Thursday, November 14, 2013

Damen Shipyards Gorinchem, NL


I lied.  Before I start the New York City part of our recent trip to America, let's squeeze in a quickie trip to the headquarters of the Damen Shipyards, based here in our Dutch city, Gorinchem. 

It just so happens they had an open-house day this past Saturday and we went.

It was a sunshiny, windy, gorgeous day.

And as often happens, it's not just the destination that allures!
It's the journey.

 We set off on foot because we knew it would be an easy walk from our apartment.
See that big warehouse-type building?  That's where Astrid thought Damen Shipyards was,
until she suddenly realized it was the Mercon steel factory.  HA!
But...it, too, was alluring.  A good photo op in the right direction.

See what I mean?

It meant walking another half hour...totalling about an hour altogether.
Just what the doctor ordered, with the Merwede Bridge thrown in for good measure.

DAMEN.  
"Damen simply builds better boats."

In 1927 Damen was established by two brothers. Now, Damen Shipyards has a leading position in shipbuilding with more than 6,000 employees and a presence in 35 countries. Damen is a multinational company that has never lost its family values or its deep respect for its maritime heritage.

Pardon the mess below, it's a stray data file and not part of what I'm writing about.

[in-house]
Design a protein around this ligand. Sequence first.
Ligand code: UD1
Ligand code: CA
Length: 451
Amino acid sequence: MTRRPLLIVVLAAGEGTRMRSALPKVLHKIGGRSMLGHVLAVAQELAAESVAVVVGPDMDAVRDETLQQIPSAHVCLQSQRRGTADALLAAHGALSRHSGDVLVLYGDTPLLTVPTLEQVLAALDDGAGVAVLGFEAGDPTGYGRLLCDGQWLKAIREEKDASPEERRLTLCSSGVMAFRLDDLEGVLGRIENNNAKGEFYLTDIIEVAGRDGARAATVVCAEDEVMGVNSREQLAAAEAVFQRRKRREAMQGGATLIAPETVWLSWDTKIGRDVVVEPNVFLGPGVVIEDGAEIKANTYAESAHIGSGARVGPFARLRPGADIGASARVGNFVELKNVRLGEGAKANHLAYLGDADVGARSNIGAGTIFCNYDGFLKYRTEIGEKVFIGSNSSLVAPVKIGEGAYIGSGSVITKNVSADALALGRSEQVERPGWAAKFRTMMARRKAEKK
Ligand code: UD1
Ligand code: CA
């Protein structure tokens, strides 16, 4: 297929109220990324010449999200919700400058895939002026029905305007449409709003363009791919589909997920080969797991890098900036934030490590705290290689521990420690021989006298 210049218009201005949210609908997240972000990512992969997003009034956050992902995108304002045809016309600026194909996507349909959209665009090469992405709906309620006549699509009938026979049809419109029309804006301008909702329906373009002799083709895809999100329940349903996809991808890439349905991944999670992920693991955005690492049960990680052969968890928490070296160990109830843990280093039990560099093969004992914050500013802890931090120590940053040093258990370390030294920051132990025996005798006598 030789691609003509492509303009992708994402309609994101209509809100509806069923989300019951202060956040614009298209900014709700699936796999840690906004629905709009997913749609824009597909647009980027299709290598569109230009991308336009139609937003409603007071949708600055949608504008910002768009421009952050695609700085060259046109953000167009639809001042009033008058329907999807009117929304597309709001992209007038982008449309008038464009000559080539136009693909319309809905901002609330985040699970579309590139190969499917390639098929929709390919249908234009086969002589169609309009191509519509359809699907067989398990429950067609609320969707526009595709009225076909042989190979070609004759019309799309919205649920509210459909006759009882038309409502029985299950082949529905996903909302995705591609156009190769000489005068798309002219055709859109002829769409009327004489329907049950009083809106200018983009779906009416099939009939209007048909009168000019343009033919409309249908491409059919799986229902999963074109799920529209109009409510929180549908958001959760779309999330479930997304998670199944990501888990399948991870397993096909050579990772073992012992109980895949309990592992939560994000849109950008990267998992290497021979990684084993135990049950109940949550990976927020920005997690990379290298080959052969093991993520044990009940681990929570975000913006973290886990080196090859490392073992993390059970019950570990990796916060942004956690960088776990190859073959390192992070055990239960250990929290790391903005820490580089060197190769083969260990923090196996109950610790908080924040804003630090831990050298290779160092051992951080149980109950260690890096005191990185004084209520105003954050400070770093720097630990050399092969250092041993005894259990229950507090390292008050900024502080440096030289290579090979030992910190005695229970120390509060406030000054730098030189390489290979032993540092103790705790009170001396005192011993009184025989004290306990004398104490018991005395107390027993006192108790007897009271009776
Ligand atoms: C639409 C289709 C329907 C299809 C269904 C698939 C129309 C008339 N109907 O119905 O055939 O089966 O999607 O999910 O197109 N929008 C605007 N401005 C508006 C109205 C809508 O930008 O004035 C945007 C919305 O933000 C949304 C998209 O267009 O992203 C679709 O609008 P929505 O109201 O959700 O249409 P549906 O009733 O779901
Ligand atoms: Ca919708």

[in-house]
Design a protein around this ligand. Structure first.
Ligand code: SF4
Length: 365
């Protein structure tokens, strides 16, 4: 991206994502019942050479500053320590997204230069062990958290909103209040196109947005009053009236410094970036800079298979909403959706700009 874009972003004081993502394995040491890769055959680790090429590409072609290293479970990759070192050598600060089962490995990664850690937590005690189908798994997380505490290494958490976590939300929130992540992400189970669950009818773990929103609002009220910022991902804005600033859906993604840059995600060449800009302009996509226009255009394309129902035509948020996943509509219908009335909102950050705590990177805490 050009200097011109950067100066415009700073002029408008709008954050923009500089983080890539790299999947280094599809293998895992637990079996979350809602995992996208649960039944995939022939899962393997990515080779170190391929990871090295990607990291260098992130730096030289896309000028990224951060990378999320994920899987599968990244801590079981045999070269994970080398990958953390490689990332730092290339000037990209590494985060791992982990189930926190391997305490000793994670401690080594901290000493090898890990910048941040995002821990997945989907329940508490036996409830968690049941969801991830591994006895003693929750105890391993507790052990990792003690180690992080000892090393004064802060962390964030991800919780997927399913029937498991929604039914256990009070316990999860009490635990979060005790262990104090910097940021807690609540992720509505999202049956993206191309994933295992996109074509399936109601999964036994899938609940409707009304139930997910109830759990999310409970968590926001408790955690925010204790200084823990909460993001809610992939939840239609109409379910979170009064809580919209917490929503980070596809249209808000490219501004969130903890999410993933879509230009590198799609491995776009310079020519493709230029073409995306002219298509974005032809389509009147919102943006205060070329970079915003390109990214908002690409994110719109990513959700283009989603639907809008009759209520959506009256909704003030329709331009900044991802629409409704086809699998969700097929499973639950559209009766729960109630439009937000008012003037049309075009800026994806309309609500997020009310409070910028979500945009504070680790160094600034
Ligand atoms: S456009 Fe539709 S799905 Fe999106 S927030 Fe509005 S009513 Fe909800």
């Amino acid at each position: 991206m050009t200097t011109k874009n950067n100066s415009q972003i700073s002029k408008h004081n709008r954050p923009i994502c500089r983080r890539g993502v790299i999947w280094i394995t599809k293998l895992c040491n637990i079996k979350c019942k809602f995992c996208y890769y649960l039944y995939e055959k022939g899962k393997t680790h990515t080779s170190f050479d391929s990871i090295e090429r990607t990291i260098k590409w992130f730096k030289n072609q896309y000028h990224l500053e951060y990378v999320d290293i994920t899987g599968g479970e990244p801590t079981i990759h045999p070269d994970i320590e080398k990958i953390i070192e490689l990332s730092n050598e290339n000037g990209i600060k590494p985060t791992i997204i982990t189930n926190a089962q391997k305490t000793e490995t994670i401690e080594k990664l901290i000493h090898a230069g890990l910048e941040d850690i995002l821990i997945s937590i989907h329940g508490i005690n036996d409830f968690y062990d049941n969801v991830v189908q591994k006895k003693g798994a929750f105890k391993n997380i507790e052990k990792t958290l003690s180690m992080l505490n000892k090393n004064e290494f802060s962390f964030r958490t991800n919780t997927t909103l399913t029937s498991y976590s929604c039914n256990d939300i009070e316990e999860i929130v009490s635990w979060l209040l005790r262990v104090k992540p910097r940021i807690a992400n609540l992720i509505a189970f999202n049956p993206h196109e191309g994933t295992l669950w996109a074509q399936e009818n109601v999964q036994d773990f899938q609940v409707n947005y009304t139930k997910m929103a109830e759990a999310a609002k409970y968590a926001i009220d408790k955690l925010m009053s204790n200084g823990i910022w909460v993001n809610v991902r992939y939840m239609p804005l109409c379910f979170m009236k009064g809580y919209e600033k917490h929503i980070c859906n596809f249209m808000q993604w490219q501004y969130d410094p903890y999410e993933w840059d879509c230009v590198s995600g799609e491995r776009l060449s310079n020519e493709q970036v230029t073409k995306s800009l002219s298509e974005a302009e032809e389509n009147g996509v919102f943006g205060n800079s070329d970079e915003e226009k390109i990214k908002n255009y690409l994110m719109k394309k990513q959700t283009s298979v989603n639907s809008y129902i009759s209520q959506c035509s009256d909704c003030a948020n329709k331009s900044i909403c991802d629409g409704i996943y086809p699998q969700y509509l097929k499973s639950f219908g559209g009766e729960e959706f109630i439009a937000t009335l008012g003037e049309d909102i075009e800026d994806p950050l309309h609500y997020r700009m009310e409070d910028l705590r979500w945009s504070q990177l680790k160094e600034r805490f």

Can you imagine a business like this with headquarters in your city!
(Kinda like Coca Cola for those of us from Atlanta.)

As we walked into the complex, cars were lined up to find parking spots.
We were so glad we walked.
Balloons were everywhere, making it a welcome to old and young alike...

...with plenty of excitement to keep everyone entertained.

And enough boats in construction to sink a ship!

To actually climb on-board to see the construction work in progress was a huge thrill.
No need to mention that Astrid and I love boats of all kinds and sizes.

How about a catamaran that size!

Or a boat this big for Abu Dhabi.

Want to talk about propellers?  You're definitely at the right place!
There were plenty of workers around to answer any of your questions.

And talk about ship-shape.  Everything was in its place.

Even the carpentry shop was slick as a whistle..a dream spot for Astrid.